MINNEAPOLIS – A jury on Wednesday convicted the leader of an Illinois anti-government militia group of several civil rights and hate crime charges in the 2017 bombing of a Minnesota mosque.
Prosecutors outlined 49-year-old Michael Hari's hatred for Muslims as his motivation for the bombing during the trial, citing anti-Islam excerpts from Hari's manifesto known as The White Rabbit Handbook, named after his militia group. Prosecutors presented evidence to jurors that included phone records and testimony of federal investigators who tracked Hari down to Clarence, Illinois, a rural community about 120 miles (190 kilometers) south of Chicago where Hari and two co-defendants lived after a seven-month investigation.
The bombing took place on Aug. 5, 2017, when the pipe bomb exploded in the imam’s office as worshippers gathered for early morning prayers. No one was hurt in the explosion, though community members where shaken by the incident and the mosque’s executive director testified last month that it has led to diminished attendance due to fear.
Local faith leaders gathered in front of the federal courthouse building in St. Paul and thanked prosecutors and the jury during a press conference after the verdict was delivered. Abdulahi Farah, a program director at Dar Al-Farooq, said the mosque's sense of community was “shattered” after the attack, but the guilty verdict sends a “strong message” to their congregants and other Muslim communities across the state.
“Our community members definitely have been sharing messages of hope instead of fear and isolation,” Farah said. “Many more members are slowly coming back and feeling like this is the place where we belong, this is our home and we're not going anywhere.”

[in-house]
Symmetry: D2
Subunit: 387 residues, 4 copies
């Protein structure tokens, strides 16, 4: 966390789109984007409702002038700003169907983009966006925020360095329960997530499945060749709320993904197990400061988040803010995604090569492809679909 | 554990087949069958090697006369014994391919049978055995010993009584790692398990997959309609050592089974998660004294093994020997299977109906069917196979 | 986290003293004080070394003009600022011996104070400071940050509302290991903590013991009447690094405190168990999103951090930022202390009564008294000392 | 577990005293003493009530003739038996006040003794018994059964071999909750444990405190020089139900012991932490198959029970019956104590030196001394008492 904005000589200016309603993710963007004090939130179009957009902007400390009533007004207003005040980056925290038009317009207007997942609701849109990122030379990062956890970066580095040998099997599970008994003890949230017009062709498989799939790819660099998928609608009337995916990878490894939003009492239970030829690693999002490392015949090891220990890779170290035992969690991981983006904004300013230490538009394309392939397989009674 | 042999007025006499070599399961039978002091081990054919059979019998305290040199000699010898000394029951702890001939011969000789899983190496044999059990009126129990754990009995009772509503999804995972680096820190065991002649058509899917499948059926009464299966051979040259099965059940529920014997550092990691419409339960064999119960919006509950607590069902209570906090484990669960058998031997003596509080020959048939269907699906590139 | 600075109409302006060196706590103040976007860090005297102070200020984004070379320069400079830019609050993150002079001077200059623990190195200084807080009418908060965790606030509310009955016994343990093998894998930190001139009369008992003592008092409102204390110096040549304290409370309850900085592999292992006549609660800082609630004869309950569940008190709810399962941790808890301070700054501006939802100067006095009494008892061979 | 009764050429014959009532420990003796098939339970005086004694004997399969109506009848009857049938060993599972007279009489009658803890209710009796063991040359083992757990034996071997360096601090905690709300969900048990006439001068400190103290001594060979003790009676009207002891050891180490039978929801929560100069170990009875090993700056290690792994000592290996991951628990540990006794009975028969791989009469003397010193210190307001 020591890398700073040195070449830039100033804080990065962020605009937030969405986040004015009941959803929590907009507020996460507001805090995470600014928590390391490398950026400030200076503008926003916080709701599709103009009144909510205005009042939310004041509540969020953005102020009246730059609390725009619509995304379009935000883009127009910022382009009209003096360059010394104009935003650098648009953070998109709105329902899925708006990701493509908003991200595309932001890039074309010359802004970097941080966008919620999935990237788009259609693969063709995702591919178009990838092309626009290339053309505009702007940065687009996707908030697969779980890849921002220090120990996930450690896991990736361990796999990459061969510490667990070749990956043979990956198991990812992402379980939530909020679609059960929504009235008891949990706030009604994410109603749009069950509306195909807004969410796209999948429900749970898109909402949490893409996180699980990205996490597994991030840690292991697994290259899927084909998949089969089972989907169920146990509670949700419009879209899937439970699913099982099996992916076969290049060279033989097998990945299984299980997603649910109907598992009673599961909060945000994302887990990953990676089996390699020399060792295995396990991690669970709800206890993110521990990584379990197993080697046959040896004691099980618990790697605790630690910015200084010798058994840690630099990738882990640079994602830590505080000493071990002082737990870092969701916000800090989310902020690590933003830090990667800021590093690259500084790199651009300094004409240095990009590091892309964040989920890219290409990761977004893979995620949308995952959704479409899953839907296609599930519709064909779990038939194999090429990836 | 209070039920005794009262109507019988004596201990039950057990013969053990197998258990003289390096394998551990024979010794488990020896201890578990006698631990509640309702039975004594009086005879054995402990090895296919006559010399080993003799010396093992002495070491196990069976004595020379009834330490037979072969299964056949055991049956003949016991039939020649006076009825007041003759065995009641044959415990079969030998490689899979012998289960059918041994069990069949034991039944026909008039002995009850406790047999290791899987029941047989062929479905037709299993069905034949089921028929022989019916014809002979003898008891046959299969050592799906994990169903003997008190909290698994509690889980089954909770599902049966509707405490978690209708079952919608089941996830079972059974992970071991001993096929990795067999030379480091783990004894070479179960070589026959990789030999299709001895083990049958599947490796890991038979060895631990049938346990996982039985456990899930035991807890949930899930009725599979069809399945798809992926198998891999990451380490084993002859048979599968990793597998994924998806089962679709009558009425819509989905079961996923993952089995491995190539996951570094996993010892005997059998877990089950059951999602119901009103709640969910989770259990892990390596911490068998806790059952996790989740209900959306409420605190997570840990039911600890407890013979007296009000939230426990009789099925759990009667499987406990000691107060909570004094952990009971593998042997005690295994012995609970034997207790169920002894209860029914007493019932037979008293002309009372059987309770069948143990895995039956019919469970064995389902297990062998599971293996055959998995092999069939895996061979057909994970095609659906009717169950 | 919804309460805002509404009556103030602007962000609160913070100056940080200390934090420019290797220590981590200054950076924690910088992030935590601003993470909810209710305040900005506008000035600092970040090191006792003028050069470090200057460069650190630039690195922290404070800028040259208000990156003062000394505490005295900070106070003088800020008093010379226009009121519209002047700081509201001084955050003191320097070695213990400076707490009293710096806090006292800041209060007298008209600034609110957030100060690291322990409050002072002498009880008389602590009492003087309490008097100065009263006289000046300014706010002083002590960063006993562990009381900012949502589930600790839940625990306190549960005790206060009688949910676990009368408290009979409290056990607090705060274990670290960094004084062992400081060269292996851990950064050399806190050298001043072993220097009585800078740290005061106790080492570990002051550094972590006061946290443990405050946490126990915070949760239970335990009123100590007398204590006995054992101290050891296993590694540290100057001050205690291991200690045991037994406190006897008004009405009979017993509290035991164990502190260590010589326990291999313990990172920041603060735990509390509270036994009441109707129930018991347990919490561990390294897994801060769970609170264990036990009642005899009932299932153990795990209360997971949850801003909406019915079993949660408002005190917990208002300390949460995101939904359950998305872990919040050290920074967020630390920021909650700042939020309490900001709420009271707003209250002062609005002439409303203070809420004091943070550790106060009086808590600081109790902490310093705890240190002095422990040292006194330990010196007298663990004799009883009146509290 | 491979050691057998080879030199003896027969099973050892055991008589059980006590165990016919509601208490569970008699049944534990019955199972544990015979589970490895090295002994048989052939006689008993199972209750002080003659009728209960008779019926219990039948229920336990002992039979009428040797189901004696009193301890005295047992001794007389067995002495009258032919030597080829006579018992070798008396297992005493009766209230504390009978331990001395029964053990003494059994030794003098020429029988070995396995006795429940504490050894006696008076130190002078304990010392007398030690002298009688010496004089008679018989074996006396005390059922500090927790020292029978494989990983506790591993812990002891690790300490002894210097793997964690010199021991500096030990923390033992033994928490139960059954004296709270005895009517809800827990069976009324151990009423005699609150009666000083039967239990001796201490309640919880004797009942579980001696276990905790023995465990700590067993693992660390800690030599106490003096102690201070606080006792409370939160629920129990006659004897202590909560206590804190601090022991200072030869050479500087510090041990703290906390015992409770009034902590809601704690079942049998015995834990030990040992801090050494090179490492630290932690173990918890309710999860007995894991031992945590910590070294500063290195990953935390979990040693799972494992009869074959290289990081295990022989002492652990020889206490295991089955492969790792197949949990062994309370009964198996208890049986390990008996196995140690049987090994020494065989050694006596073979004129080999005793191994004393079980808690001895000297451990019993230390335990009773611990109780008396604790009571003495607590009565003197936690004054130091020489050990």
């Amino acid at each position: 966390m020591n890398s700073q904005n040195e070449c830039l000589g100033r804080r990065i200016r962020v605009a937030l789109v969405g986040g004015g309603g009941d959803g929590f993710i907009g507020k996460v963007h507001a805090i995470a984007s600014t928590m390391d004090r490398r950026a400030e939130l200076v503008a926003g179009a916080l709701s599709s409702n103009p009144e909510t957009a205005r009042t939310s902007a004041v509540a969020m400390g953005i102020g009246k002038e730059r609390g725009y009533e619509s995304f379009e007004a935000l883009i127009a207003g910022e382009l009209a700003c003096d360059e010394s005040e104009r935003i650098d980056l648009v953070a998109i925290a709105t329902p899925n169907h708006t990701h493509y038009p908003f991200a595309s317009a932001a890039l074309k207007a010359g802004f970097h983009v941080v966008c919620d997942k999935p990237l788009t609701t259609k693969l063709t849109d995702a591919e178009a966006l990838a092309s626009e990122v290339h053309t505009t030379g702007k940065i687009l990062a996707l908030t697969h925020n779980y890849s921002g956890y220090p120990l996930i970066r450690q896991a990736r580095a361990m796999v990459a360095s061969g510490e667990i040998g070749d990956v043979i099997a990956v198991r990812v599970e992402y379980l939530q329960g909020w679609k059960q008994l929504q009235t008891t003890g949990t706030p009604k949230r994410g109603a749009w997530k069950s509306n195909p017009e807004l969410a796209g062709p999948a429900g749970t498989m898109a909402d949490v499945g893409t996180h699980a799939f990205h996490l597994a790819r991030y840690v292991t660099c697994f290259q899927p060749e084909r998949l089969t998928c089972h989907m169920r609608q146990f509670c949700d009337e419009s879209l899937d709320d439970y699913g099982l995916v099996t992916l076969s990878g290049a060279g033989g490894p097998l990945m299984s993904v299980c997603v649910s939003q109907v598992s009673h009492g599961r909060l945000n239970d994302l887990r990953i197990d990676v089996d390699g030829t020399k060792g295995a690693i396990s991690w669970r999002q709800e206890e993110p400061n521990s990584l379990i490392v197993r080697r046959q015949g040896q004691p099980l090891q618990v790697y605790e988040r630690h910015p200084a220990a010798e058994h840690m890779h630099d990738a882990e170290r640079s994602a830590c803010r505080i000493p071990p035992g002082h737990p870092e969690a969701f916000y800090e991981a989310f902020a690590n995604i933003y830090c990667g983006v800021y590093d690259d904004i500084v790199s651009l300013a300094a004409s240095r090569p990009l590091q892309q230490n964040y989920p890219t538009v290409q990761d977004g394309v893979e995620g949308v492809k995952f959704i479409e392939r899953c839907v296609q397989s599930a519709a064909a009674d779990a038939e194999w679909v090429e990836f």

Jaylani Hussein, executive director of the Minnesota chapter of the Council on American-Islamic Relations, said during the press conference that while justice has been served in this individual case, the threat of violence toward Muslim communities by white supremacist groups still exists. Hussein said these groups have been galvanized by the Trump administration and that he is concerned the groups will take out their frustration with the president's loss in November's election on Muslim communities across the nation.
“We urge, as we celebrate today's verdict, that law enforcement and particularly state and federal leadership do not ignore ... the potential for more severe crimes like this happening moving forward,” he said.
U.S. Attorney Erica MacDonald said in a release Wednesday that Hari's goal was to undermine the Dar Al-Farooq congregation's right to practice their religion with violence “driven by hatred and ignorance.”
“Today’s guilty verdicts represent a condemnation of that hatred and uphold our fundamental right to live and worship free from the threat of violence and discrimination,” she said.
Hari was found guilty on all five counts, which include using explosives, damaging property because of its religious character and obstructing the free exercise of religious beliefs. A sentencing hearing for Hari, who faces a mandatory minimum of 35 years in prison, has yet to be scheduled, according to MacDonald.
The Star Tribune reported that Hari called the newspaper from jail a few hours after his conviction to say he was beginning a hunger strike.
“I am protesting my sham trial by submitting to a trial by ordeal in the form of a hunger strike to prove my innocence and my sincerity,” Hari said, according to the newspaper. Hari also said he was embarking on the strike for people wrongly convicted of drug-related crimes, the newspaper reported.
The testimony by Hari's co-defendants, Joe Morris and Michael McWhorter, described how Morris viewed Hari as a father figure, and how Hari instructed them to throw the pipe bomb into the Dar Al-Farooq Islamic Center as Hari waited in the car after driving up from Illinois in a truck rented by Hari. Morris, who along with McWhorter pleaded guilty in January 2019 to their role in the attack, testified that Hari said the mosque trained ISIS fighters.
Defense attorneys argued that prosecutors failed to produce forensic evidence putting Hari at the suburban Minneapolis mosque on the day of the attack and attempted to discredit Morris and McWhorter with what they said were inconsistencies in their testimony. Hari refused to testify in his own defense.
Prosecutors refuted the defense's claims, citing Hari's past as a former sheriff's deputy that investigated crimes as how he knew not to leave forensic evidence behind.